Darwins Dangerous Idea changed my
life - or perhaps it was the illness that gave me time to read it. I got
flu, the flu changed to chronic fatigue, and for many weeks I was barely
able to walk, disinclined to talk and incapable of work. But I could read
From my hopelessly vast pile of "books to
be read this week" I took down DDI. One reason was my admiration
for Dennetts Consciousness Explained. Some reject it as "Consciousness
Explained Away" but I agree with Dennett that we are confused about
consciousness because the brain spins a false story about a mythical self
inside the brain who experiences the world and makes the decisions. I
use his book in my teaching, even though it is 468 pages long and every
page dense with argument. DDI is even longer but then, for a change,
I had plenty of time.
Darwins great insight was that you need
only three things; heredity, variation and selection - and then evolution
is inevitable. If you have creatures whose offspring resemble them, variation
among those offspring and an environment in which only some can survive,
then inevitably whatever helps survival will be passed on to the
next generation, and the creatures will gradually become better adapted
to their environment. For me, Darwins theory is the most beautiful
in all of science.
For Dennett, evolution is an algorithm. This
is Darwins Dangerous Idea - that the algorithmic level is the
level that best accounts for the speed of the antelope, the wing of the
eagle - and so on. It is "a scheme for creating Design out of Chaos
without the aid of Mind". It is a "Universal Acid" that
rips through other explanations and destroys them. It is a recipe for
exploring the vastness of Design Space. And this is how we humans came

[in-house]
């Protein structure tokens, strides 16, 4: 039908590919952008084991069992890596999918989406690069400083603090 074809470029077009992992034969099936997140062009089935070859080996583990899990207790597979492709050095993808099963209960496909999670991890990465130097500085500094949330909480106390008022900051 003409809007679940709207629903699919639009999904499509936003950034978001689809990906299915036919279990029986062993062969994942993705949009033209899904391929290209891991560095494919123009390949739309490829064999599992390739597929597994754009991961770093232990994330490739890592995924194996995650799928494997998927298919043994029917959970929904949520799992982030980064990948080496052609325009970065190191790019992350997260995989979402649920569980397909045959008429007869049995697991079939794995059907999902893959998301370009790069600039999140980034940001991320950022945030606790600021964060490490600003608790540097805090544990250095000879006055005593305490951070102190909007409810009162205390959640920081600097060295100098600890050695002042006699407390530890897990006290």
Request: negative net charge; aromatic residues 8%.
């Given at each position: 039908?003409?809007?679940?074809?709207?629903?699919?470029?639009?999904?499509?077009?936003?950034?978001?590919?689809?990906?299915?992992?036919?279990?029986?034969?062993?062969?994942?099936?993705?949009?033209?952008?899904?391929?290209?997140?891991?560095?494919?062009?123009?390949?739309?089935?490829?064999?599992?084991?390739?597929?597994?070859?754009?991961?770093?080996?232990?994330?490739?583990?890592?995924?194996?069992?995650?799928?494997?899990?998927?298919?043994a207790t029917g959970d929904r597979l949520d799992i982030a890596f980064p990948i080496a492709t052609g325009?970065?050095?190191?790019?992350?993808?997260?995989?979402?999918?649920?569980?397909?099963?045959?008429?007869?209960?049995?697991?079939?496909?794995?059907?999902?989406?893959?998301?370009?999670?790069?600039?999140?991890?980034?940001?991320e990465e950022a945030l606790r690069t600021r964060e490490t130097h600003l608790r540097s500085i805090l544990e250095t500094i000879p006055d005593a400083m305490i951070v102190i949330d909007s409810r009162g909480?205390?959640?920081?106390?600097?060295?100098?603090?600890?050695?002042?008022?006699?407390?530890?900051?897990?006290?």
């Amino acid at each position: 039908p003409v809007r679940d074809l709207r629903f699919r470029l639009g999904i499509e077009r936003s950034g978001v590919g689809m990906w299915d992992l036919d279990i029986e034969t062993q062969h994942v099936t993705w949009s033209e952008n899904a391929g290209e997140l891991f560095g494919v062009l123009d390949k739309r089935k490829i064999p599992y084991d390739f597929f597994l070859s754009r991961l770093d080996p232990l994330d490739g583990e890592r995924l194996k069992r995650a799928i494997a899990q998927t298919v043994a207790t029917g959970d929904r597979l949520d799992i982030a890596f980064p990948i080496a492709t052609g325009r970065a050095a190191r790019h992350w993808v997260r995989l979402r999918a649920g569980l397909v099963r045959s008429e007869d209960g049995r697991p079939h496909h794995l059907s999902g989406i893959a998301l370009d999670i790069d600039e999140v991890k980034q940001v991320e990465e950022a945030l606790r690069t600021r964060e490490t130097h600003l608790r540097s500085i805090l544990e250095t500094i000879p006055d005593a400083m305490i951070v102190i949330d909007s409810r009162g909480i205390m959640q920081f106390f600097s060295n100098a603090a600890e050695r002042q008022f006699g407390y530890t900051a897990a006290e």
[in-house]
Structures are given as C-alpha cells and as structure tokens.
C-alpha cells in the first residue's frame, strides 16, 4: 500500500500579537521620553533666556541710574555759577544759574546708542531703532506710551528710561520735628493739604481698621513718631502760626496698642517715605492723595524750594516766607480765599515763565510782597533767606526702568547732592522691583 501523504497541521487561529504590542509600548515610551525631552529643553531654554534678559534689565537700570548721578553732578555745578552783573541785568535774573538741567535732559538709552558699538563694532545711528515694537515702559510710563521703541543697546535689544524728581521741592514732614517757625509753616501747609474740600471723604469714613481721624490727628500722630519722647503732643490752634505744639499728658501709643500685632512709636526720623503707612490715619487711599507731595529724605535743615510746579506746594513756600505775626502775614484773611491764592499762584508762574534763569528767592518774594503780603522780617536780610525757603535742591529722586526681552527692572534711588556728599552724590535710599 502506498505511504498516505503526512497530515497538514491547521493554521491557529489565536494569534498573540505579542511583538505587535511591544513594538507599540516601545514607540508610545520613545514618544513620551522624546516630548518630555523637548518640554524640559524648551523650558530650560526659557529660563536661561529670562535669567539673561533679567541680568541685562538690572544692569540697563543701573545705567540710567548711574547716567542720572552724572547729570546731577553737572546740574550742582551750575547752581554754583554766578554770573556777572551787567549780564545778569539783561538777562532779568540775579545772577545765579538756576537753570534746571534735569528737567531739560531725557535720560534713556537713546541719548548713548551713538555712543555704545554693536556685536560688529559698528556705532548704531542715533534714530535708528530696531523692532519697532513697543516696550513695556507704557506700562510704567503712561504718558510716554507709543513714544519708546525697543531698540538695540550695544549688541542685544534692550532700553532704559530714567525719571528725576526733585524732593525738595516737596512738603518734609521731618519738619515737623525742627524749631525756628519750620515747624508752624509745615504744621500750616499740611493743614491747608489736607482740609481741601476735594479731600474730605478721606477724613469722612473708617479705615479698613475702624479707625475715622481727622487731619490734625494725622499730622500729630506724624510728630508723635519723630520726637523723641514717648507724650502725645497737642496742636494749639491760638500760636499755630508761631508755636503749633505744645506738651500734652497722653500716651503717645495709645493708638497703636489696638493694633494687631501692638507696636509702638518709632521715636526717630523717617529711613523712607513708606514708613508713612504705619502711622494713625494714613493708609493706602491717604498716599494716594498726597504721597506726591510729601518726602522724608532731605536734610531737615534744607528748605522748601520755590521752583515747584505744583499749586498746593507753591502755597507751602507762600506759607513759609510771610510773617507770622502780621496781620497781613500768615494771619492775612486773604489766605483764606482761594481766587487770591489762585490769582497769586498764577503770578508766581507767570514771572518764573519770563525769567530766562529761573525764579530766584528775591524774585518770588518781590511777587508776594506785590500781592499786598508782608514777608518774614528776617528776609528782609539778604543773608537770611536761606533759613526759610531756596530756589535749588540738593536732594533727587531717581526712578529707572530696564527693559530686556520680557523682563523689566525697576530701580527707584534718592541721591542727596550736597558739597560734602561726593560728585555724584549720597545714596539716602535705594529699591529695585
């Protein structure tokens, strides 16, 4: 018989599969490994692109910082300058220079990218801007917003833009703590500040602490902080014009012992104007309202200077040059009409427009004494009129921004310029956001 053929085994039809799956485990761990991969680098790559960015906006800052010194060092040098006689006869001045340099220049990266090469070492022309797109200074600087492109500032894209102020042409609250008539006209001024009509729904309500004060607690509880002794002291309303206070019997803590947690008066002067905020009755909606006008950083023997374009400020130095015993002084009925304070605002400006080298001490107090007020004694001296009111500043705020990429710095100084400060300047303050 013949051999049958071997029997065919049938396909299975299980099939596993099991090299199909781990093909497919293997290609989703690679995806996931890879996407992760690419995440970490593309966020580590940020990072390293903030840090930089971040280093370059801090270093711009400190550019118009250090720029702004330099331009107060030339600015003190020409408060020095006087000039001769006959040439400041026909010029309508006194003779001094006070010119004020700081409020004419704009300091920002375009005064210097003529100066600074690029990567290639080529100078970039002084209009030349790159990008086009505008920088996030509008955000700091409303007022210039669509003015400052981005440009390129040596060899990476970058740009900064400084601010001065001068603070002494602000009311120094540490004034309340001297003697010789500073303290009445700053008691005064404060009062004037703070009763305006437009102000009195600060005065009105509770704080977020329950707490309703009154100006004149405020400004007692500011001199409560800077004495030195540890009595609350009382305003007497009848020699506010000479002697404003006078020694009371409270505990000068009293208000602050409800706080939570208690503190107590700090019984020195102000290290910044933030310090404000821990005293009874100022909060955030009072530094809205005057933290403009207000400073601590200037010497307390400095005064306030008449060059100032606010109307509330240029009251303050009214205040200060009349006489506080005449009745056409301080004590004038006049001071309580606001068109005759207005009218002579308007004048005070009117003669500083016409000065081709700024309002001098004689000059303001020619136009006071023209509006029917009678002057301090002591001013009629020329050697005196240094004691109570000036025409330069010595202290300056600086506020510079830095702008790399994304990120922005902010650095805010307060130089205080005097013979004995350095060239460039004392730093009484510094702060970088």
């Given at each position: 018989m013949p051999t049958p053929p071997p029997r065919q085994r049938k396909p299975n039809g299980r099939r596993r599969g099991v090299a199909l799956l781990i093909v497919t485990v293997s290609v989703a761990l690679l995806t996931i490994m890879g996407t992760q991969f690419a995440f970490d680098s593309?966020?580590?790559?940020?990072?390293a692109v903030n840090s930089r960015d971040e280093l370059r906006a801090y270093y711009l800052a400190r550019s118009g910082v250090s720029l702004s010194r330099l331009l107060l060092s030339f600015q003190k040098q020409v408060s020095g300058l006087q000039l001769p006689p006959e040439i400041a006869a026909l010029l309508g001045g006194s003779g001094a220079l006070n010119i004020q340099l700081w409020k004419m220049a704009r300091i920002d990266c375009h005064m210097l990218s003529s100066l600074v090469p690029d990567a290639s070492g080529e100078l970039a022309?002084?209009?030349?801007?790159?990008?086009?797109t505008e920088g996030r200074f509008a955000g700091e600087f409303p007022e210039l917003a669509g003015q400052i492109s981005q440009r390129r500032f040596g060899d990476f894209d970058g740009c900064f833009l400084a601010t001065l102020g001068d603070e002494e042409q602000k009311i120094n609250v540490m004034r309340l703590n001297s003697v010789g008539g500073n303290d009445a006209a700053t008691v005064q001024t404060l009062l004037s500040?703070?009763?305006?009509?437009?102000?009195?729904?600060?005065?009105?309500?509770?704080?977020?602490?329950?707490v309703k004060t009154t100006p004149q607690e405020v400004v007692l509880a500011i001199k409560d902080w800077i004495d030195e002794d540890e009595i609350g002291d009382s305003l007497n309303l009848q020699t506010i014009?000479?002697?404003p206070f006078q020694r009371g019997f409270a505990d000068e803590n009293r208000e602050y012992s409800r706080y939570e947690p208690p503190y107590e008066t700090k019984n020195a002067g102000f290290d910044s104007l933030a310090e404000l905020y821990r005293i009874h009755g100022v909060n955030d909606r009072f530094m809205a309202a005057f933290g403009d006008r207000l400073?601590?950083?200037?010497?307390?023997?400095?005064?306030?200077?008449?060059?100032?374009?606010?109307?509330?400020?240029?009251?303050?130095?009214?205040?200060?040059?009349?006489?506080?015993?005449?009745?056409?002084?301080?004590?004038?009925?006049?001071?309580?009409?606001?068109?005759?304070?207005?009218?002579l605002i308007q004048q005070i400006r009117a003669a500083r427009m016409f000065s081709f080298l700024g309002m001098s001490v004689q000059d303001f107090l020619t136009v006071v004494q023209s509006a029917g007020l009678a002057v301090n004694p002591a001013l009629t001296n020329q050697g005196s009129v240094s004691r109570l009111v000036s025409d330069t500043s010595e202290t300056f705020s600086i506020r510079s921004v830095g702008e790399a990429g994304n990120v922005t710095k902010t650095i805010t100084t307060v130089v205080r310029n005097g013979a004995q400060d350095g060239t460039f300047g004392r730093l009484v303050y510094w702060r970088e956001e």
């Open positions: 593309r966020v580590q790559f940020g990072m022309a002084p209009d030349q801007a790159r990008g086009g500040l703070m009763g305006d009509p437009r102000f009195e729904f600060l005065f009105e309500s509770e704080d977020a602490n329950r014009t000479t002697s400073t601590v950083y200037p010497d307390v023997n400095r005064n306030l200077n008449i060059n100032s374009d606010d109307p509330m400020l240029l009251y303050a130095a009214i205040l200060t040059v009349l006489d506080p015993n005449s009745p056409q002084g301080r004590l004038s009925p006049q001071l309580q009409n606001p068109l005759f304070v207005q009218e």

to be. No God is needed, no grand designer, just a mindless algorithm.
Now algorithms can run on different substrates.
What if there were other realms susceptible to Darwins dangerous
idea? Back in 1976 Richard Dawkinss best-selling book The Selfish
Gene came out. I must have read it soon afterwards and I remember
enjoying its explanation of genes as selfish "replicators" competing
to get into the next generation. But did I notice the last chapter? Perhaps
I wrote it off as one of those speculative flings at the end of a great
book. In any case I had certainly forgotten all about it until Dennett
reminded me. Dawkins had asked the provocative question - are there any
other replicators on the planet? - and answered "Yes". Ideas,
fashions, behaviours and skills are passed on by imitation and compete
to replicate themselves from one brain to another. He called them "memes".
A science of memetics has not yet become established,
but Dennett took the idea seriously and applied Darwins algorithm
to the design of minds. A person, says Dennett, is a certain sort of ape
infested with memes. So that is who I am.
As I lay in bed and struggled with "memes"
I began to see the world in a different way. From a "memes
eye view" we are just machines for ensuring their own selfish propagation.
Mysteries of human behaviour from altruism to the origins of language,
or the power of the internet, began suddenly to make sense. I wanted to
jump up and write but could only lie there and think all the more.
As I gradually get better from my illness I am
determined not to return to the hectic madness of my previous life or
the frustrations of studying paranormal phenomena that almost certainly
do not exist. I learned that what I like doing best is reading and thinking
- and writing, of course. Now I am writing my own book on the science
of memetics, inspired by the three Ds; Dennett and Dawkins and Darwin.